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What will happen at your medical examination?

When one of my clients is involved in an accident and makes a claim, most will be required to have a medical examination so a report can be prepared. This will comment on the accident circumstances, injuries, treatment, recommendations, examination as well as future predictions.

Before attending the examination I send these guidance notes which hopefully assist when meeting the expert in preparing the best report possible.

1. Under the Civil Procedure Rules the medical expert’s duty is to the court. Even though I have instructed the expert, this duty overrides his obligation to the client, me or the other side’s insurers/solicitors. Even though the expert may seem sympathetic or hostile he/she has a duty to write a balanced report.

2. Before attending the examination the client should recall what actually happened in the accident and the injuries sustained. This may be obvious but the accident may have been months or even years before the examination so his/her memory could have faded over time.

3. The examination will start with the expert asking about the accident. He/she will not want to know every detail but will want to know how the accident caused the injuries.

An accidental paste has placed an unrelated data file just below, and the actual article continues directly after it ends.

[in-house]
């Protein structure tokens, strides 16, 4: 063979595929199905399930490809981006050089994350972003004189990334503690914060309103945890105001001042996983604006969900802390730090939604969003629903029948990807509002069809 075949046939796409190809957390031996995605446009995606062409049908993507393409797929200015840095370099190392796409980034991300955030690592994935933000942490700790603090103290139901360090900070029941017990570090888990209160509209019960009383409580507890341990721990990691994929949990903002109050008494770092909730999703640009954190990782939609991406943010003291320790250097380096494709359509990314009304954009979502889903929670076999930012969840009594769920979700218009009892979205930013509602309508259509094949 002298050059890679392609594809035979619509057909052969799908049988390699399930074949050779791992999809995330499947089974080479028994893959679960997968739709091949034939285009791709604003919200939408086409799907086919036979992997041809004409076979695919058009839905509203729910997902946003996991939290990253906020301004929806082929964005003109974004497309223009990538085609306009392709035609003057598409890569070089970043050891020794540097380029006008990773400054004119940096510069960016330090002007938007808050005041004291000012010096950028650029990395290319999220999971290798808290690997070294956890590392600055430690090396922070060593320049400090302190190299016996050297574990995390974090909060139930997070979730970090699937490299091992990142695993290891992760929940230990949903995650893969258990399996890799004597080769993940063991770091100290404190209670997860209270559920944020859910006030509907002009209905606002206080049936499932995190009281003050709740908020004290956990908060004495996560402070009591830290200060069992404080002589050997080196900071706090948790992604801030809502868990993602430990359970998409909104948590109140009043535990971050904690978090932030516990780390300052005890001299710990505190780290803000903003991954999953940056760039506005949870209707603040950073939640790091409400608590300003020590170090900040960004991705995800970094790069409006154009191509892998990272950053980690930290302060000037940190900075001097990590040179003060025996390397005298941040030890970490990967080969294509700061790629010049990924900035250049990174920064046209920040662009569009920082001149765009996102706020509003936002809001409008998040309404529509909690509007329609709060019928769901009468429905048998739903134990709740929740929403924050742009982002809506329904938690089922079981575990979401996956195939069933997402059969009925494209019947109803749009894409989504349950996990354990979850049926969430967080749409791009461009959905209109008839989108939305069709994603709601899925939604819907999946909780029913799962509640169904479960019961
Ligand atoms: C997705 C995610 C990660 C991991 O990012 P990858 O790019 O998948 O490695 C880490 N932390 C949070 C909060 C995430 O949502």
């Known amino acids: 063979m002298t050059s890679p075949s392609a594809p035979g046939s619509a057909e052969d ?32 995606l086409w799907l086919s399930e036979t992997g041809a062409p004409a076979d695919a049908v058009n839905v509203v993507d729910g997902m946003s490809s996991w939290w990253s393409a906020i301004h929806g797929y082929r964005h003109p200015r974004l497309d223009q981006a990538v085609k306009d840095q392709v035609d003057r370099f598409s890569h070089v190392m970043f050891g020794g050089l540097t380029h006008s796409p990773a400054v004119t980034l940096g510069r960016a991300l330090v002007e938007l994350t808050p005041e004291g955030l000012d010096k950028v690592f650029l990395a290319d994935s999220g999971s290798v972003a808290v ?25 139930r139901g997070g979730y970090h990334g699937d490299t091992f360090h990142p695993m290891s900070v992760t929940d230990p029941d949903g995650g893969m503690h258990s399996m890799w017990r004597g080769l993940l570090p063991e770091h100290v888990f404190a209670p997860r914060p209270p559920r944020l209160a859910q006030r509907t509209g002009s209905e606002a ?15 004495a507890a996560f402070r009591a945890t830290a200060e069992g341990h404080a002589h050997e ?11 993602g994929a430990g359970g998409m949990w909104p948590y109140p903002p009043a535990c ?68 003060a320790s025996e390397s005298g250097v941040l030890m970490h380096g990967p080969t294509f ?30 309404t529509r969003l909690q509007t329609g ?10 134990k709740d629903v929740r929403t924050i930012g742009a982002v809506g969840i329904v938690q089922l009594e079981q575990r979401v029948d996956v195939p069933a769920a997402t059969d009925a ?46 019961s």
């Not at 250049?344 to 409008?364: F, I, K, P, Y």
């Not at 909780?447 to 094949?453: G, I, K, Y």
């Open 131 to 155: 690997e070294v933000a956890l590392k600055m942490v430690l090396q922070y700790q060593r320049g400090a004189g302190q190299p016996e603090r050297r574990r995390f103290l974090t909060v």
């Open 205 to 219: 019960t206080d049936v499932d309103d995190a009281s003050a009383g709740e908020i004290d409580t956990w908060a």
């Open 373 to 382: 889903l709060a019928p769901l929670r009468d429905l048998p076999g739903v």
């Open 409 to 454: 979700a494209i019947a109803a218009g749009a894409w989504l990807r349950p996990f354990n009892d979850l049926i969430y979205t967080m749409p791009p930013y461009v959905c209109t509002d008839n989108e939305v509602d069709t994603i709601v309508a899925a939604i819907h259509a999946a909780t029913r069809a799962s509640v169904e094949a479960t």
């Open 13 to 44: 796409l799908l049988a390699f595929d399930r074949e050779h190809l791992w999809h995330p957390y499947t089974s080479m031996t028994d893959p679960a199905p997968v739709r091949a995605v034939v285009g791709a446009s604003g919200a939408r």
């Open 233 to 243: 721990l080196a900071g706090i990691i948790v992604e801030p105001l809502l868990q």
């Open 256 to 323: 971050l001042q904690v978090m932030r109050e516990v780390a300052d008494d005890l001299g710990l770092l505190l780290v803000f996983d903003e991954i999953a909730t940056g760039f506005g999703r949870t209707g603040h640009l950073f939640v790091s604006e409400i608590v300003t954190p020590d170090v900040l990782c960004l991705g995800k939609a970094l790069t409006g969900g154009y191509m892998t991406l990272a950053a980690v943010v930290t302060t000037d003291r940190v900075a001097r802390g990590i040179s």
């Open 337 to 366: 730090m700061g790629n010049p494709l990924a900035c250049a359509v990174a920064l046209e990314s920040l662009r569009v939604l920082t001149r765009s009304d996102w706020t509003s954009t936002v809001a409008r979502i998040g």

4. The expert will want to know what injuries were sustained. The client should not forget any of them as the expert may not amend the report afterwards if one is forgotten!

5. The expert may want an examination – even if there is nothing to see.

6. The expert will ask about treatment. If there are ongoing problems the client should ask about any recommendations and to request that these be put this in the report – even if the client may not wish to undergo the treatment.

7. The expert will ask you how the injuries have affected the client’s life. I always tell my client to be balanced. Never exaggerate, but neither should he/she act like a martyr and suffer in silence. Even if there is only low grade occasional pain he/she must tell the expert.

8. The expert will comment on whether there is a link between the accident and injuries. This is known as causation. Accordingly, if the client has had any previous injuries to the parts of the body which were injured in the accident he/she should volunteer this. This shows an honest claimant. Assuming that these injuries were in the past and that the client had made a full recovery from them, the expert should be reminded that the client was fine before the accident.

9. Most of the time, the expert will have been supplied with copies of all medical records. This is done for three reasons: (i) to verify that actual injuries sustained, (ii) to make sure these injuries were caused in the accident, and (iii) to allow the expert to see if the client had sustained any pre or post accident injuries to the same body part.

10. At the end of the report the expert has to give a prognosis (prediction) as to future recovery. The client should feel free to ask when the injuries will fully recover.

11. Depending on whether the expert has already received the medical records, the report will take on average four weeks to arrive after the examination.

Most importantly though is to ask for advice from a professional personal injury specialist who will guide you through the process of a successful claim.